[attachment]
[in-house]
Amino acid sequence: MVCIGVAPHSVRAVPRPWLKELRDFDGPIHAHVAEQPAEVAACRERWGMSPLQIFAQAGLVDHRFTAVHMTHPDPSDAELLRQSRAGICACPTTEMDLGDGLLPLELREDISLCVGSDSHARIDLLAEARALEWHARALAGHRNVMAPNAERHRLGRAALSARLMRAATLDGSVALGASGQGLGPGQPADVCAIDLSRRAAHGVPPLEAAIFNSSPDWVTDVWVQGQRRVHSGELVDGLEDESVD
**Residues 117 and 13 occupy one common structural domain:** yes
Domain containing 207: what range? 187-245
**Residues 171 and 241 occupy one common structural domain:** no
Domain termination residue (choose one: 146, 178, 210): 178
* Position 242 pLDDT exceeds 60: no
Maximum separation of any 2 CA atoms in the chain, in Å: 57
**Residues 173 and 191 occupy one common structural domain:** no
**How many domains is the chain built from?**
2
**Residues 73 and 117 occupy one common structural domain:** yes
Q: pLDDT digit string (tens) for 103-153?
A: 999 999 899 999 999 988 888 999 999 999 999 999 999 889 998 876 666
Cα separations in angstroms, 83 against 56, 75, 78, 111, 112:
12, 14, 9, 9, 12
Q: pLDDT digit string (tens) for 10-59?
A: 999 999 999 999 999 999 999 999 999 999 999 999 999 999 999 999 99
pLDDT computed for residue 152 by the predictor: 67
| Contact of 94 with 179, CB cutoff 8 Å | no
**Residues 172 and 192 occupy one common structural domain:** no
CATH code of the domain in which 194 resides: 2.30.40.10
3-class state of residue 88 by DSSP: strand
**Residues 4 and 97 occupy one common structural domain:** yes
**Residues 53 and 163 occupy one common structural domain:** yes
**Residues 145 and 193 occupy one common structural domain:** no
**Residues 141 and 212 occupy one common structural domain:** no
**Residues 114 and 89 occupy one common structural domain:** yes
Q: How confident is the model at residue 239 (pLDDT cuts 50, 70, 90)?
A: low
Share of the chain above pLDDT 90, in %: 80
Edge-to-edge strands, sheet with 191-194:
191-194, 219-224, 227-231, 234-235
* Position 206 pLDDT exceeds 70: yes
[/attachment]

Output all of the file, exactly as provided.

[in-house]
Amino acid sequence: MVCIGVAPHSVRAVPRPWLKELRDFDGPIHAHVAEQPAEVAACRERWGMSPLQIFAQAGLVDHRFTAVHMTHPDPSDAELLRQSRAGICACPTTEMDLGDGLLPLELREDISLCVGSDSHARIDLLAEARALEWHARALAGHRNVMAPNAERHRLGRAALSARLMRAATLDGSVALGASGQGLGPGQPADVCAIDLSRRAAHGVPPLEAAIFNSSPDWVTDVWVQGQRRVHSGELVDGLEDESVD
**Residues 117 and 13 occupy one common structural domain:** yes
Domain containing 207: what range? 187-245
**Residues 171 and 241 occupy one common structural domain:** no
Domain termination residue (choose one: 146, 178, 210): 178
* Position 242 pLDDT exceeds 60: no
Maximum separation of any 2 CA atoms in the chain, in Å: 57
**Residues 173 and 191 occupy one common structural domain:** no
**How many domains is the chain built from?**
2
**Residues 73 and 117 occupy one common structural domain:** yes
Q: pLDDT digit string (tens) for 103-153?
A: 999 999 899 999 999 988 888 999 999 999 999 999 999 889 998 876 666
Cα separations in angstroms, 83 against 56, 75, 78, 111, 112:
12, 14, 9, 9, 12
Q: pLDDT digit string (tens) for 10-59?
A: 999 999 999 999 999 999 999 999 999 999 999 999 999 999 999 999 99
pLDDT computed for residue 152 by the predictor: 67
| Contact of 94 with 179, CB cutoff 8 Å | no
**Residues 172 and 192 occupy one common structural domain:** no
CATH code of the domain in which 194 resides: 2.30.40.10
3-class state of residue 88 by DSSP: strand
**Residues 4 and 97 occupy one common structural domain:** yes
**Residues 53 and 163 occupy one common structural domain:** yes
**Residues 145 and 193 occupy one common structural domain:** no
**Residues 141 and 212 occupy one common structural domain:** no
**Residues 114 and 89 occupy one common structural domain:** yes
Q: How confident is the model at residue 239 (pLDDT cuts 50, 70, 90)?
A: low
Share of the chain above pLDDT 90, in %: 80
Edge-to-edge strands, sheet with 191-194:
191-194, 219-224, 227-231, 234-235
* Position 206 pLDDT exceeds 70: yes